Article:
It got a little more complex with Reign of Terror, but now I’ve sorta moved away… dude, I don’t even use Logic. I don’t even fuck with software. I have a synth that Teenage Engineering makes called the OP-1, and I use my iPhone voice recorder, and my guitar – that’s it. I didn’t even bring my interface on tour. I haven’t opened Logic in months, and it feels great [laughs].

The skeleton of the song has to be solid. If I’m excited by it using limited means, I know that when I do it “for real” (which is kind of a ridiculous concept) I’m really gonna love it. When I actually utilize my sound library and start […] chasing the sound I hear in my head I’m gonna get really psyched on it.

It’s funny, dude. For “Infinity Guitars,” [from Treats] I plugged my Alesis SR18 [drum machine], which you can buy at Guitar Center for $200, into… remember those shitty, white Belkin iMic’s? They were like the size of a quarter? I plugged my SR18 into the Belkin and then into Garage Band. You can’t really recognize the SR18 for what it is because I pushed the master so hard [the beats] don’t sound like the original source material.

I never thought I’d ever release that. It was like, “Let’s just use this for now and I’ll do it ‘for real’ later.” That’s a mistake bands make often – whenever you re-record a demo it’s always robbed of something. So I’m glad at the time we were making Treats we knew better than to make that mistake.

You’ve obviously come a long way since then. Was your recent appearance on Saturday Night Live something of a milestone for you?

It was really cool for my mom, but the only thing I really care about is making records. That’s what I’m in this for. Playing shows is amazing, and I love it. I’m all about making new music and pushing it as hard as I can. I’m in love with that moment when you do something new and you really, truly believe it’s the best thing you’ve ever done […] that’s the addiction.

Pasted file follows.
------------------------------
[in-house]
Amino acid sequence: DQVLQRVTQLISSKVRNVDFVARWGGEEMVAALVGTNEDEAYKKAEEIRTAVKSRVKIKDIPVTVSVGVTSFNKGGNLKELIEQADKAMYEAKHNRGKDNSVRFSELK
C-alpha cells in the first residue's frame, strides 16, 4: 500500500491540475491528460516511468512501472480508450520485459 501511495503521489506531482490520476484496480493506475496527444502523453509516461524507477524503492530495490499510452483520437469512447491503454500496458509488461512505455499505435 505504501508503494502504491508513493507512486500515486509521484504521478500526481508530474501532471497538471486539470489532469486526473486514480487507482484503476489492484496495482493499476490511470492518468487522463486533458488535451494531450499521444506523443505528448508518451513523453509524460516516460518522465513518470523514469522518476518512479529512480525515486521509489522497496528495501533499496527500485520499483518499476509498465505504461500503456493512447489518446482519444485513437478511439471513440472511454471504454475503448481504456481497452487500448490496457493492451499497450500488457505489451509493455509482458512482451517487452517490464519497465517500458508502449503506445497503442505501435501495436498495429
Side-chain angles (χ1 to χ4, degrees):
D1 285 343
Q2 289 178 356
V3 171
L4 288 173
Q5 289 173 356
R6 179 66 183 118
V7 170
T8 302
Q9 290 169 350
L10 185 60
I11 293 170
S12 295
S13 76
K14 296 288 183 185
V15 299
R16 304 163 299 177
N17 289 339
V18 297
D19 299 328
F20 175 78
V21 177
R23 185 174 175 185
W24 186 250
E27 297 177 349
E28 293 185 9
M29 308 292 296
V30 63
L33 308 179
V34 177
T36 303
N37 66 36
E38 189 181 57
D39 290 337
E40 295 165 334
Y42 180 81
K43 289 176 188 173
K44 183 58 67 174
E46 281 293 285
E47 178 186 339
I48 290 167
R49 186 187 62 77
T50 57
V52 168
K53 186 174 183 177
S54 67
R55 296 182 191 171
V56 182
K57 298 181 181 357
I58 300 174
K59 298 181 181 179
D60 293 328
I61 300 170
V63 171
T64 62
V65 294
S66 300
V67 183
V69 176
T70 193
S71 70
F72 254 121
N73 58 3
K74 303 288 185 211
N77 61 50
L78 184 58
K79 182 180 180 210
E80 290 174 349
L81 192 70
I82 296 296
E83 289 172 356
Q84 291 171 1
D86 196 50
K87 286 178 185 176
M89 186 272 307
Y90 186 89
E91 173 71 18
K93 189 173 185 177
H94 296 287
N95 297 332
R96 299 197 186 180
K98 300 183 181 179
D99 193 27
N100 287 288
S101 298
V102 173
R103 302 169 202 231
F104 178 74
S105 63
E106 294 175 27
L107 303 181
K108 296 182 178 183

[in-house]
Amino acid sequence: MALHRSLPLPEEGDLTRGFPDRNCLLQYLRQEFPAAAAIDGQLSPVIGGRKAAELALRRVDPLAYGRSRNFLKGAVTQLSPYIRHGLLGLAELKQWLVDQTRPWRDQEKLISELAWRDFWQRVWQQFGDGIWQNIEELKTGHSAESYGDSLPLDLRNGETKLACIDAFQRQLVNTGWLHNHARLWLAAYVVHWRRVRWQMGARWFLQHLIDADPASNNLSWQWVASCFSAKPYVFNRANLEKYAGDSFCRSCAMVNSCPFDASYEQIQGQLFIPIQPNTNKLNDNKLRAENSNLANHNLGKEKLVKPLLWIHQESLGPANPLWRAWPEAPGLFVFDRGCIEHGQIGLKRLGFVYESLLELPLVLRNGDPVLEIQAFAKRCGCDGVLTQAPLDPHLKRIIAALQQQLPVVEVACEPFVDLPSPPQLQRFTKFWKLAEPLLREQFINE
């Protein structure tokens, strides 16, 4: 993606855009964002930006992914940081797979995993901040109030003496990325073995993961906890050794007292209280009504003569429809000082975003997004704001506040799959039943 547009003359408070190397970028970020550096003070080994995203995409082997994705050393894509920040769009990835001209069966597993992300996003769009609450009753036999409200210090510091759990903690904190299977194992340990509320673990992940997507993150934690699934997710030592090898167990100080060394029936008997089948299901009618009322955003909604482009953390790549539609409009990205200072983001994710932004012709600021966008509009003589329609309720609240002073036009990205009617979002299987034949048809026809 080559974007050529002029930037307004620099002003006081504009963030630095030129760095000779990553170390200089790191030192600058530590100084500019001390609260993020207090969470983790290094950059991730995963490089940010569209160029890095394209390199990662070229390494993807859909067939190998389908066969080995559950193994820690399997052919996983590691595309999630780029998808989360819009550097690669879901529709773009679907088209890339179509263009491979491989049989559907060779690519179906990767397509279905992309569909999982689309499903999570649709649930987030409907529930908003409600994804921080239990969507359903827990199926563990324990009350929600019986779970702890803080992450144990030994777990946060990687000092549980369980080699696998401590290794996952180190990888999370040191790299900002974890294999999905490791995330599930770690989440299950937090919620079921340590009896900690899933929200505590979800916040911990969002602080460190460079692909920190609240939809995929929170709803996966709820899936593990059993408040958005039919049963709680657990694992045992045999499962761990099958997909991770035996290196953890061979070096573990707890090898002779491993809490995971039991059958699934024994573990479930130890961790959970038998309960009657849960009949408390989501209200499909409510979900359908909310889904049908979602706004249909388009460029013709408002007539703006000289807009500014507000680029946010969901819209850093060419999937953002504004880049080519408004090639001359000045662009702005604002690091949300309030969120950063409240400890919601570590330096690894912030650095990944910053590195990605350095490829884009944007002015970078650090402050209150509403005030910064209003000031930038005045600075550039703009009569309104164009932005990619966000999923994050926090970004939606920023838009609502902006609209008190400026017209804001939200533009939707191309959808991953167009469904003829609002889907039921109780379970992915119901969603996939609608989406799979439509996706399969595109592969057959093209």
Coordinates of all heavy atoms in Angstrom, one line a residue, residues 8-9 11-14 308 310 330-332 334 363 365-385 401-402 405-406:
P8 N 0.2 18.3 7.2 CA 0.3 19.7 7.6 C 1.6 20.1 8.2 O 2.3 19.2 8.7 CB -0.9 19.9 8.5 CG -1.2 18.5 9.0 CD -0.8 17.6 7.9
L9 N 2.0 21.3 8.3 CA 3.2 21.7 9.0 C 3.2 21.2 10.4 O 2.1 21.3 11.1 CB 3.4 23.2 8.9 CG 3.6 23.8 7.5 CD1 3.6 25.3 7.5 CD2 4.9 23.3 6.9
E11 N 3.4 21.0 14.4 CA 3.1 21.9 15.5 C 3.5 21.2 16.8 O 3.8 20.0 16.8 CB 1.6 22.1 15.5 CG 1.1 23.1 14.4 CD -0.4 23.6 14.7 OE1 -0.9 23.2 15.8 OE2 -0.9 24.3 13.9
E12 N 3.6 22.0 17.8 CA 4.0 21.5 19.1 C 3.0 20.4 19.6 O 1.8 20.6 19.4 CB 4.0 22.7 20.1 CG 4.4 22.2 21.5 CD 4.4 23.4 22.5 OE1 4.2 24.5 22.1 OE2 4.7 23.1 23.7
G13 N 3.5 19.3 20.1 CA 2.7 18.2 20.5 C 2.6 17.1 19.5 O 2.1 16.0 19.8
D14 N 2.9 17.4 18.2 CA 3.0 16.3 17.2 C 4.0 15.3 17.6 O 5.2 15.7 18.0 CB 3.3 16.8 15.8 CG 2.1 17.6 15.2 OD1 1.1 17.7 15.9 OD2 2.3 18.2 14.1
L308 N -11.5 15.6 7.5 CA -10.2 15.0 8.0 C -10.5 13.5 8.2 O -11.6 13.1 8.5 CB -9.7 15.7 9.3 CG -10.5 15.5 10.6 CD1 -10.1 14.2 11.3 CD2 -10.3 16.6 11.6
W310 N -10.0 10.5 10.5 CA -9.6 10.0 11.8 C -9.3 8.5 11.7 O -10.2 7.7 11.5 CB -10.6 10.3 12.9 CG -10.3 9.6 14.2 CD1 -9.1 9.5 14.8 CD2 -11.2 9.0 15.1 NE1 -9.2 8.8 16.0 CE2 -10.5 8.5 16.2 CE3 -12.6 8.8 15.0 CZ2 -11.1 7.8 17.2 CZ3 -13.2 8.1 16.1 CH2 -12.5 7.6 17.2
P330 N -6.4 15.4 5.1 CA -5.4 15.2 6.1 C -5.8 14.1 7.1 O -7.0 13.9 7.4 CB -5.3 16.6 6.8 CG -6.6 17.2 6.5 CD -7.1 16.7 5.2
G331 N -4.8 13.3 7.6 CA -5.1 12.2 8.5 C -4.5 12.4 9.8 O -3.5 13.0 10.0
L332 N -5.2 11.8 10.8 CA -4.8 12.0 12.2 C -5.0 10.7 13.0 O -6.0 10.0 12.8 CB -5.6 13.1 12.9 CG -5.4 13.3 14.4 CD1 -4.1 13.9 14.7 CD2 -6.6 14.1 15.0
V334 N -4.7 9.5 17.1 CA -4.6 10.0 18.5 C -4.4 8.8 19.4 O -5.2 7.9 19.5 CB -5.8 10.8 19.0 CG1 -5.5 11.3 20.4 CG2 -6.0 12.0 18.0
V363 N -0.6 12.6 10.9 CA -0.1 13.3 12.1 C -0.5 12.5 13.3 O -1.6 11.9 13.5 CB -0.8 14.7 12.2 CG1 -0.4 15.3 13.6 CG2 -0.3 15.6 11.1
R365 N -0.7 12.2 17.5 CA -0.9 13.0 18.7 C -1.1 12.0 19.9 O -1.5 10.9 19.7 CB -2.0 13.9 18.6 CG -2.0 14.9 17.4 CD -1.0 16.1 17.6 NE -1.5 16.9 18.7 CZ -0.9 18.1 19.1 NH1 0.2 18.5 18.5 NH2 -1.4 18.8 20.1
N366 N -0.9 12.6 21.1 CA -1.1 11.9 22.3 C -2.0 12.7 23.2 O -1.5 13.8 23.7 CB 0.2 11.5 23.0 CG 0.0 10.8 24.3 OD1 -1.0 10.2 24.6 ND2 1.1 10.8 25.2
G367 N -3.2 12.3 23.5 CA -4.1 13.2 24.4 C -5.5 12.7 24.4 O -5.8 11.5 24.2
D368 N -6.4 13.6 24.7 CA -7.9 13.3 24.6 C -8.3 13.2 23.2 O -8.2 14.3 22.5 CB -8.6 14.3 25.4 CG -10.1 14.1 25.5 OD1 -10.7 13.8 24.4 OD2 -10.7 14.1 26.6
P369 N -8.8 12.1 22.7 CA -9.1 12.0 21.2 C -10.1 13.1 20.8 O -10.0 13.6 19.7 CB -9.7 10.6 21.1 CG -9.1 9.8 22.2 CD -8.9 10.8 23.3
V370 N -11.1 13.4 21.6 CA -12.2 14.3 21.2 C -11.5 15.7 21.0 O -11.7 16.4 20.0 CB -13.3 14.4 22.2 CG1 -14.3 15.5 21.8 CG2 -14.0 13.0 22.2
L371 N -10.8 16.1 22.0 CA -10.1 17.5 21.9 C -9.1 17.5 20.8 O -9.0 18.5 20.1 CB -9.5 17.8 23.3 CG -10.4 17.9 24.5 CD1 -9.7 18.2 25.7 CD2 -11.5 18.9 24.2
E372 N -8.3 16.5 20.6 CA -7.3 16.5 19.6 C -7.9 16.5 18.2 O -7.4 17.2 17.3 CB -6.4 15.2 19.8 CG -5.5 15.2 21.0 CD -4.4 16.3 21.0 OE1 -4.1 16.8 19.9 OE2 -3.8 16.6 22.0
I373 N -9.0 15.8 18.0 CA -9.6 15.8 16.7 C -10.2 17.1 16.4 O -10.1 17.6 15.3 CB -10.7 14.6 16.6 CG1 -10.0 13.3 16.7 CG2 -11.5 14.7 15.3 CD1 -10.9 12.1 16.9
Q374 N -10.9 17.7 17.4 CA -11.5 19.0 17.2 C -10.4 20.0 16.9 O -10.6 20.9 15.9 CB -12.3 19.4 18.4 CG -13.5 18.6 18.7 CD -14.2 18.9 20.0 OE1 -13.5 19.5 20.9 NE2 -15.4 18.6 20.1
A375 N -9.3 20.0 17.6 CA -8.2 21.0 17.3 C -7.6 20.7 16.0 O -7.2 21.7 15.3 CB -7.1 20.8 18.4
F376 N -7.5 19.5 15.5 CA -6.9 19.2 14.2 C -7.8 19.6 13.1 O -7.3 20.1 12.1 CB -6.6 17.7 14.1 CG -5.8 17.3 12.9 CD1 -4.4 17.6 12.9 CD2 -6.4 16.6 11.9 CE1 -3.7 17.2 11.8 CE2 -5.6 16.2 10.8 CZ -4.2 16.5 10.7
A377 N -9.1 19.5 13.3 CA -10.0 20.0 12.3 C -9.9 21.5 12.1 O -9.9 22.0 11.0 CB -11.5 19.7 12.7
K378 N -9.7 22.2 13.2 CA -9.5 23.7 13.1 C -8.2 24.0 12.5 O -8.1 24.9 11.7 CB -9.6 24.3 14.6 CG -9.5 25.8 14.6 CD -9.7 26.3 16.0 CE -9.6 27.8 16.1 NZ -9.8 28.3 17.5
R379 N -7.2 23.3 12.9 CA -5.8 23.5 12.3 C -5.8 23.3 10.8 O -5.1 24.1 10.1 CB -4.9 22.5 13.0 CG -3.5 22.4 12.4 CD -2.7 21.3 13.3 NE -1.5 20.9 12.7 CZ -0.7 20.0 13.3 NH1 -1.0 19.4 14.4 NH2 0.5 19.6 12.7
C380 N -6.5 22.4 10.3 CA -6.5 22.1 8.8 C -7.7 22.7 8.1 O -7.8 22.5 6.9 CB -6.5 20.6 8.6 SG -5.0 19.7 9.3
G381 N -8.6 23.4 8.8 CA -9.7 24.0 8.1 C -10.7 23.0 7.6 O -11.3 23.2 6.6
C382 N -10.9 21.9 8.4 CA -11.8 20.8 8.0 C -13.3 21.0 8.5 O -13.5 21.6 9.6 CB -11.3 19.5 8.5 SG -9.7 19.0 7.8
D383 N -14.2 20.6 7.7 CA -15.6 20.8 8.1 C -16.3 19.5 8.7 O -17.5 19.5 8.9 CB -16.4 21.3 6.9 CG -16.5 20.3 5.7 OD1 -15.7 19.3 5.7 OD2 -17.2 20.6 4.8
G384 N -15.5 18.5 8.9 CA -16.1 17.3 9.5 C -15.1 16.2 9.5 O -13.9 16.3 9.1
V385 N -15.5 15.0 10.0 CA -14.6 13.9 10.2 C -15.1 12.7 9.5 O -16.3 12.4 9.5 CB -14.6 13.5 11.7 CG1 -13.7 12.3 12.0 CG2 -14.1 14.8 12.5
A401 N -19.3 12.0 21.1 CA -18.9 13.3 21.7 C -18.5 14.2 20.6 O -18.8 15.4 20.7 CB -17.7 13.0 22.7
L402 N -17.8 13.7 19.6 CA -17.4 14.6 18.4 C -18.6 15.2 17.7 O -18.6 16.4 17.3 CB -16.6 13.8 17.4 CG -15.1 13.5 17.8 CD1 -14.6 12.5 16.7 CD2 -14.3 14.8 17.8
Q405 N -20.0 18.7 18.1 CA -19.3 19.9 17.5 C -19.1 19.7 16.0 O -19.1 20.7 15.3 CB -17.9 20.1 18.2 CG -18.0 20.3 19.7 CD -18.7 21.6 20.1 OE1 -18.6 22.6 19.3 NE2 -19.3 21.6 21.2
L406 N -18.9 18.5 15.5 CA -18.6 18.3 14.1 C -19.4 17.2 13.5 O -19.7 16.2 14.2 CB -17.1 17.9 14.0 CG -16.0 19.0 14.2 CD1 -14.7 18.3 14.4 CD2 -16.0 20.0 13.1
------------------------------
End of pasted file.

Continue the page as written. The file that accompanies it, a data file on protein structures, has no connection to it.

It’s going to go away. It’s gonna dry up at some point; not anytime soon. I feel like Alexis and I are just getting started, but there’s a lot of fear and paranoia that it’ll go away because everyone loses it at some point, it’s just inevitable. That fear and paranoia is a big part of the creative energy for me.

I noticed from your appearance on Saturday Night Live that you’ve added a second guitarist to the touring lineup. Is he there to help you with the multiple guitar melodies on the new songs?

That’s exactly what it is. Reign of Terror is so guitar-heavy and there are so many guitar harmonies I just couldn’t sacrifice those live. It would drive me crazy. I play all sorts of rhythm, and any synth parts I can I just put on the track, but I’m not going to go so far as to put guitar parts on the track. That would be way too corny.

I can play 200 shows knowing that at the end of 200 shows I can go back into the studio and hopefully do the best work of my life.

It’s my good friend Jason Boyer, who does a band called Nerve City, which is really amazing. So he has his own thing going on, he’s just doing this as a favor. I’m also really obsessed with symmetry, so I like the fact that Alexis is in the middle and she has a guitar player on either side.

It’s another person to interact with on stage, and another one of my good friends who gets to come and be a part of this thing. Every day there’s a moment where we look at each other, and we feel like we’re getting away with murder. It’s like, “They’re paying us to do this? Are you kidding?” We’re really bad with having strictly professional relationships. Alexis and I are really close to everyone we work with. So a lot of times it feels like a family business, even though none of us are siblings.

Sleigh Bells has a very distinct sequenced-drum sound, but would you ever consider expanding to a full band with a drummer and bassist?

It’s not something I foresee. I can almost guarantee that we will never expand past this lineup. I tried practicing with a drummer, but there’s way too much compromise, sonically. I’m a producer, so I’m into detail, and I can’t replace a [Roland TR-]808 with some guy’s right foot on a kick drum. I can’t do it. And I don’t want to stack it because it will never sound perfect, it’ll be kind of flammy.